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Listening to drum ‘n’ bass during surgery could put patients at risk, study finds

It impacts communications between theatre staff

Listening to drum ‘n’ bass during surgery could put patients at risk, a study has found.

Research released by the National Journal of Nurses revealed that music playing in an operating theatre puts patients at risk, hampering communications between surgeons and nurses.

In the study, cameras were placed in opering theatres in the UK for a 35-hour period, with music playing during 16 of the 20 surgeries. During surgeries with background music, the study found it was five times more likely that hospital staff would have to repeat themselves. The NJN also noted that drum 'n' bass and dance music were played the loudest.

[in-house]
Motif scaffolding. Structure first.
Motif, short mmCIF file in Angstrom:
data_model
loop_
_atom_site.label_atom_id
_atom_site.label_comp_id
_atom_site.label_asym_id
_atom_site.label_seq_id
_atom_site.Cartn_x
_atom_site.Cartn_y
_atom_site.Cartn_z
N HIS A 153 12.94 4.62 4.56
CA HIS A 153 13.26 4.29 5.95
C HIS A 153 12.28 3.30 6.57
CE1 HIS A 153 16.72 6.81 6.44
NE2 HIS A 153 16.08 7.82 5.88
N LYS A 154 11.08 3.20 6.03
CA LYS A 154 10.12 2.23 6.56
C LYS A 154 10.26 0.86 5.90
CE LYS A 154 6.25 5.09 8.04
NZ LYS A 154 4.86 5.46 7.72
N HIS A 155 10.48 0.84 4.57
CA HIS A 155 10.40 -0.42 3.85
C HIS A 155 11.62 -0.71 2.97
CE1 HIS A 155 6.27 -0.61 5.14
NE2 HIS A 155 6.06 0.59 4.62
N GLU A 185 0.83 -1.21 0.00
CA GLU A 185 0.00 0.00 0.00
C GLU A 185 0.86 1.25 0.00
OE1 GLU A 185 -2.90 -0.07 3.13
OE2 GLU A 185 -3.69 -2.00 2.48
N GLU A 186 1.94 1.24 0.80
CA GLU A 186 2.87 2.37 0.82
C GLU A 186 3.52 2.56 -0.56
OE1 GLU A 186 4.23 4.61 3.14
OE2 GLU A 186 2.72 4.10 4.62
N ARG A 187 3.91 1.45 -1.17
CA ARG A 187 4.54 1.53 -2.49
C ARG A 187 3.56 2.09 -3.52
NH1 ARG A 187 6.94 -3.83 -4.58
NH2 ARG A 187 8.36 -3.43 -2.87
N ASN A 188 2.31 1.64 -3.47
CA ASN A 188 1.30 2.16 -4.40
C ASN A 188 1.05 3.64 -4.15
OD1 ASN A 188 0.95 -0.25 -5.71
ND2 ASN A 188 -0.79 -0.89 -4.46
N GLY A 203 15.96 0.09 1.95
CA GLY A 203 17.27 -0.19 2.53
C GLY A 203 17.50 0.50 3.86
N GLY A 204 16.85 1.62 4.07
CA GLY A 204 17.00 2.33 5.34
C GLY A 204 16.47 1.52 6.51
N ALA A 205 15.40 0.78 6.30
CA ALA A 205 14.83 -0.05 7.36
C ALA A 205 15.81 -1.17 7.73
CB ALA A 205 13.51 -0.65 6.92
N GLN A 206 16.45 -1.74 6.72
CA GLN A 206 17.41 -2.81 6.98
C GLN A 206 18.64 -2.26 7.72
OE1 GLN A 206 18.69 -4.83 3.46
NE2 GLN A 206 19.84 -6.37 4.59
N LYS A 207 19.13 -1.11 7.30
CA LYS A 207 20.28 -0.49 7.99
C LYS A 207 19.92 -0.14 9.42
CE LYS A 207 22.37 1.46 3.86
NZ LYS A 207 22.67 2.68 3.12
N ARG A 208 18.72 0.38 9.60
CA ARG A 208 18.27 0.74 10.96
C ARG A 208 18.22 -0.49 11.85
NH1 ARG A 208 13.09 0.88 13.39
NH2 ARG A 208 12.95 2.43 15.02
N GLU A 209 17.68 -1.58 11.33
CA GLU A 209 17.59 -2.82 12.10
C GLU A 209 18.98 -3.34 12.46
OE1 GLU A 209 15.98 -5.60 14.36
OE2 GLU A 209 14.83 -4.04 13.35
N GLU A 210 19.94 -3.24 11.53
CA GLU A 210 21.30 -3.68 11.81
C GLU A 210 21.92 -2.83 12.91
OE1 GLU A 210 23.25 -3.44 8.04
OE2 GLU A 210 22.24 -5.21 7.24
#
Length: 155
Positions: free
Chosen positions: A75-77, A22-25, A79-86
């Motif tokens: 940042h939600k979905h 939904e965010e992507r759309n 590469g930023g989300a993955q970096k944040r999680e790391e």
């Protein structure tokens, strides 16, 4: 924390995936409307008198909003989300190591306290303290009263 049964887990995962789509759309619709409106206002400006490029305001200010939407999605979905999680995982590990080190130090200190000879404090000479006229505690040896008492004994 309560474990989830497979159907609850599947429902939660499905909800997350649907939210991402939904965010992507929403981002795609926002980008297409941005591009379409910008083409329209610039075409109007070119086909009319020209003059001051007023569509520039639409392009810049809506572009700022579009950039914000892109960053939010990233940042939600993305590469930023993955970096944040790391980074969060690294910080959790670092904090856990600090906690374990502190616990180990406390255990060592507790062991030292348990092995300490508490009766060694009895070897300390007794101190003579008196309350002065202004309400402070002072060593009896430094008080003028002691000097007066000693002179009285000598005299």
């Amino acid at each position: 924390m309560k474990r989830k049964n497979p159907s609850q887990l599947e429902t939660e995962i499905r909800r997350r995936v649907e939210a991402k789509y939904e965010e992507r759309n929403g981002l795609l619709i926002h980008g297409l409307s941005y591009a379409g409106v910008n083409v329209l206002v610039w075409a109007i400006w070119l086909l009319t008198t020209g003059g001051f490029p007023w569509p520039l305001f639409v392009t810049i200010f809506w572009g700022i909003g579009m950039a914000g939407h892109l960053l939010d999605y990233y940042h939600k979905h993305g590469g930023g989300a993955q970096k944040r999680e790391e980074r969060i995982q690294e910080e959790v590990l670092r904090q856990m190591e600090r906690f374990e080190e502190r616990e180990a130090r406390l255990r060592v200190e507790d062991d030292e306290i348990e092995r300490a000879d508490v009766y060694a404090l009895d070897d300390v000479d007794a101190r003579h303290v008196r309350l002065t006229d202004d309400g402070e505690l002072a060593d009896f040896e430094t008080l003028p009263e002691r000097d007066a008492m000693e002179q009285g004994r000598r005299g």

Speaking about the study, lead author Sharon Weldon said: "Our study shows that playing music in the operating theatre can run counter to effective communication and highlights the need to consider both positive and negative effects of music on staff and patients."

In April last year,  a study published in the science journal 'Acta Tropica' found that Skrillex’s music can protect you from mosquitos.

 

 

 

 

 

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